20 (con’t) to cause the lamp to burn continually.

There is debate as to whether the lamp was to burn continually, day and night, or if it was to burn every night continually. It appears from the next verse, and from Exodus 30:8 and Leviticus 24:3 that the Menorah only burnt throughout the night.

Later writers such as Josephus said that three of the lamps burned during the day and all of them at night, but this is not to be found in Scripture. It may have been a later tradition added into the rituals.

The word for burn here means “to ascend up.” It doesn’t mean to burn as if to consume. Instead it is a word which is normally used to express an action, such as the burning of a sacrifice which is offered to the Lord. It could thus be paraphrased to say, “…to cause the lamp to ascend to the Lord continually.”

21 In the tabernacle of meeting, outside the veil which is before the Testimony,

These words are given after mentioning the obtaining of oil that it is for the lamp which is in the tabernacle of meeting. In other words, the Lord is being specific that this is the lamp He is referring to. Because of the abrupt change in the subject, this is being made clear to Moses now. It is the lamp which was already described and which is in the tabernacle, outside the veil, and before the Testimony. As John Lange says –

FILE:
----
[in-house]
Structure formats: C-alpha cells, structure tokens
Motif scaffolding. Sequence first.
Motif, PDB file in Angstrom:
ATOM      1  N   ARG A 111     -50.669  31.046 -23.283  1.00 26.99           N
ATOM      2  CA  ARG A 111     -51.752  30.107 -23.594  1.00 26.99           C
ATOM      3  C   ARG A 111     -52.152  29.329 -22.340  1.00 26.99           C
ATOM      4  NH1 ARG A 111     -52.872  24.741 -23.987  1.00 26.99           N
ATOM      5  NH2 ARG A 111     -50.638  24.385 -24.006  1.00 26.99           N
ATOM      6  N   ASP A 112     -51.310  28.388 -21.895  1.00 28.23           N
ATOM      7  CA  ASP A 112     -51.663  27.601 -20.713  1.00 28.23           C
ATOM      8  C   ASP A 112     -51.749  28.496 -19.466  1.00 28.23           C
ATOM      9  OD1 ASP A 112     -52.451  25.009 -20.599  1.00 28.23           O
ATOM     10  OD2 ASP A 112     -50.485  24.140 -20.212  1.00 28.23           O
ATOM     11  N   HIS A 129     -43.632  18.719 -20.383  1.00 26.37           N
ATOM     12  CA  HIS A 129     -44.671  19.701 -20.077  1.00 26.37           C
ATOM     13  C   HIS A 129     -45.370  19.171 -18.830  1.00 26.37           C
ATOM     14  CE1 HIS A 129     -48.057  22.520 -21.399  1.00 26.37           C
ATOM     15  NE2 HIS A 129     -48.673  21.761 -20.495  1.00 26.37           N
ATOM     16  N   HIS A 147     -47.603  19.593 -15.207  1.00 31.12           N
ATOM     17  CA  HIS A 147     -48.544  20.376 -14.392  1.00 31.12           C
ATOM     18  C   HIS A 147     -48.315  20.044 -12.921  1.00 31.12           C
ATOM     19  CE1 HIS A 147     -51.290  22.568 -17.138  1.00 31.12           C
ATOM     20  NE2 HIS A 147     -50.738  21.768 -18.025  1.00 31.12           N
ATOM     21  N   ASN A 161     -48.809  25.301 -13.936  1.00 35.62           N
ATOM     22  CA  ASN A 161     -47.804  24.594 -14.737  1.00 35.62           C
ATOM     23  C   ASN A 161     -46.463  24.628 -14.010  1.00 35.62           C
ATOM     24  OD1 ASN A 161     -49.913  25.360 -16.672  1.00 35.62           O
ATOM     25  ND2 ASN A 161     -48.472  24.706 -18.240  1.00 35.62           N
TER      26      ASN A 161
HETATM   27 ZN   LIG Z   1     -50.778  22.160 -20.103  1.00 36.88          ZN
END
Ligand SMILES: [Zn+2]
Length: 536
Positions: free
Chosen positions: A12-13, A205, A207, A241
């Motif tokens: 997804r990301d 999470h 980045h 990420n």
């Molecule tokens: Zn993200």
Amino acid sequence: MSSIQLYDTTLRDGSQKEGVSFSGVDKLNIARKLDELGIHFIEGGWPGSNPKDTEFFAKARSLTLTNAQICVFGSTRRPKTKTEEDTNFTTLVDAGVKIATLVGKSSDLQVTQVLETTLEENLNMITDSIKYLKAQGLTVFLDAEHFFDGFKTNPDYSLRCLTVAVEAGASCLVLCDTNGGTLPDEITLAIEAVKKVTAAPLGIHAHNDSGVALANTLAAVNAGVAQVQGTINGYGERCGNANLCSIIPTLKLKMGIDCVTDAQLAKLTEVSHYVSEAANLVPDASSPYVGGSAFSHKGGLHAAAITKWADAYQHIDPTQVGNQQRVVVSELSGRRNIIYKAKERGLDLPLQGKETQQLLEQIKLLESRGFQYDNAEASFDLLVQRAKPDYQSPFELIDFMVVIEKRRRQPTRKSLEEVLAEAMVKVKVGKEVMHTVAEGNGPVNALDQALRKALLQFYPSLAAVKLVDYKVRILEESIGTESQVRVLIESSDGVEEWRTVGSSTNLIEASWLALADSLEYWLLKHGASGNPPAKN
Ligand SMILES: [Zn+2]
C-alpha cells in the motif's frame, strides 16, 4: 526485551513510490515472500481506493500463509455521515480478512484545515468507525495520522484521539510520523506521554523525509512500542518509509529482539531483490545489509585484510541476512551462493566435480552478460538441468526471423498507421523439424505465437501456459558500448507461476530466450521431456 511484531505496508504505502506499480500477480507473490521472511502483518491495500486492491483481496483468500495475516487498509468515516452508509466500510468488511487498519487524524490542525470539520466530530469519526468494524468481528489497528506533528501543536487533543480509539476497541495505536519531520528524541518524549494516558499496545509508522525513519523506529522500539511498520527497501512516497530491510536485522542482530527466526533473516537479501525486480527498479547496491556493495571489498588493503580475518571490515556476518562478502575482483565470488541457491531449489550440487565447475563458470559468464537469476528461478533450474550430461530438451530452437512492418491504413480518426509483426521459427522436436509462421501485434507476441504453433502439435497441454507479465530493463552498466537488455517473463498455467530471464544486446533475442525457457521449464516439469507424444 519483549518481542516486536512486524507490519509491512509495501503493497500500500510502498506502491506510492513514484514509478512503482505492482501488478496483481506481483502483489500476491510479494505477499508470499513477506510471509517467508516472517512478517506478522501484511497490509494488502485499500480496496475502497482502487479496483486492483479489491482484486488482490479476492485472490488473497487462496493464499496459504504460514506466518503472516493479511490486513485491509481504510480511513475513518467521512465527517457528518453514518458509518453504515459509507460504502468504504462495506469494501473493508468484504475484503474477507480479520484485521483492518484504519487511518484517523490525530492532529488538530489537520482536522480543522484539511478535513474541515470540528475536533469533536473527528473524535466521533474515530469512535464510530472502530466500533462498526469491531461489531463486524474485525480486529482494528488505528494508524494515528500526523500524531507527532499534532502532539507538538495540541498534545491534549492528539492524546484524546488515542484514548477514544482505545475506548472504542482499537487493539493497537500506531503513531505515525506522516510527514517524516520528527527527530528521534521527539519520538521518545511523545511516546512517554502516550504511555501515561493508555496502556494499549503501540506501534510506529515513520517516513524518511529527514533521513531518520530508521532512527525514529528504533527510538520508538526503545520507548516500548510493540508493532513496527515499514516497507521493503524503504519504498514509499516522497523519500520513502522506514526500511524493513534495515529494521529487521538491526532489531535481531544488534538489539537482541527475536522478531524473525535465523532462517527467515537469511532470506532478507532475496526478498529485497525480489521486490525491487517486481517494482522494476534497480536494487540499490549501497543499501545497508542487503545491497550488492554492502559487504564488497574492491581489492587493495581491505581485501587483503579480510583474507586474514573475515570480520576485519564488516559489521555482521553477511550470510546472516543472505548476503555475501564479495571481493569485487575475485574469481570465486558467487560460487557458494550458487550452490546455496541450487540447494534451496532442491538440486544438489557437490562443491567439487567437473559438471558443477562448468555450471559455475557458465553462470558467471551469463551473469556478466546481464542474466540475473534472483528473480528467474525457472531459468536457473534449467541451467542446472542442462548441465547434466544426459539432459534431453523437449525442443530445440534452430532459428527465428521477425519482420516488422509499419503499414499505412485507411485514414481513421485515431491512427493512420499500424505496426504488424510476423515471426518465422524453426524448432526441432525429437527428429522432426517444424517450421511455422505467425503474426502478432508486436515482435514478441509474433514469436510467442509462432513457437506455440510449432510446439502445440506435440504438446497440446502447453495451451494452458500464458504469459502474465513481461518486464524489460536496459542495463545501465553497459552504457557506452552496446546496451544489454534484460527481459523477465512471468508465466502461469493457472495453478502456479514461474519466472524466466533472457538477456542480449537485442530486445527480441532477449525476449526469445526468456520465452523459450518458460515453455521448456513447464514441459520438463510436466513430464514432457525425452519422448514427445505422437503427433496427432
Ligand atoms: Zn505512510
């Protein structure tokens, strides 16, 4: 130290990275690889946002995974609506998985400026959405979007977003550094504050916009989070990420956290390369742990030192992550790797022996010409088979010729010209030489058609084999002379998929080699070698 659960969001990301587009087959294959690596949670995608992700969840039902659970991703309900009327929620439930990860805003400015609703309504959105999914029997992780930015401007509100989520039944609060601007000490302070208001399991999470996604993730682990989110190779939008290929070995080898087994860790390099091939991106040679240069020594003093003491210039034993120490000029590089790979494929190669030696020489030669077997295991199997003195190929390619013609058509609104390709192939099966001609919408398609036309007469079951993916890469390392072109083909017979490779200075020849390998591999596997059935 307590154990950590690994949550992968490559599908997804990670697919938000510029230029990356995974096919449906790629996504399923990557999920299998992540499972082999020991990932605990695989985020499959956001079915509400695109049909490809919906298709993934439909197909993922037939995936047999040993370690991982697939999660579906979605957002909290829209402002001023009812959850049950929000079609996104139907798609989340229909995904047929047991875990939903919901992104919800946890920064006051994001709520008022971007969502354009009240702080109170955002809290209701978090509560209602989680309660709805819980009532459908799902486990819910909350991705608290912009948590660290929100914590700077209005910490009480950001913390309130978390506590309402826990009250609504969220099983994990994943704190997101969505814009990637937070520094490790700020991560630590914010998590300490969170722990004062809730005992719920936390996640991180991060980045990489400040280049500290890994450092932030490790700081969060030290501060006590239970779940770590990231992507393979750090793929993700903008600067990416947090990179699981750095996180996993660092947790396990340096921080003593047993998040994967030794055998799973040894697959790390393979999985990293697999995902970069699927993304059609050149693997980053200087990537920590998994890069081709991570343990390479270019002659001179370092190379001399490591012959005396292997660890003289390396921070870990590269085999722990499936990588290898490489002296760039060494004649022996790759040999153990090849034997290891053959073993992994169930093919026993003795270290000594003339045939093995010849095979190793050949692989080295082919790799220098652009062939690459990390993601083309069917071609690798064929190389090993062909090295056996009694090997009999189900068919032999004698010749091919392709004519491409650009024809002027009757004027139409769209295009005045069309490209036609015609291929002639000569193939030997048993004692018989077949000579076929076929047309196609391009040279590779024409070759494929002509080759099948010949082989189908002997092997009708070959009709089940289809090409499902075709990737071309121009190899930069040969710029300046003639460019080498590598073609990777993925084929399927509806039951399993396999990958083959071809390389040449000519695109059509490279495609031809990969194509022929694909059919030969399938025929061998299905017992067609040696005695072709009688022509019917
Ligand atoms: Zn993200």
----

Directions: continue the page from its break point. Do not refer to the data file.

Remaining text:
“In speaking now exclusively of the features of the ritual worship, it is to be observed that we must distinguish the general worship of the house of God from the specific, Levitical worship, the sacrificial ritual described in Leviticus.” John Lange

Further, the term ohel mowed, or “tent of meeting” is used for the first time in Scripture. After this, it will become a common term. The KJV and NKJV get a demerit in their translation for saying “tabernacle of meeting.” The word ohel means “tent.”

21 (con’t) Aaron and his sons shall tend it from evening until morning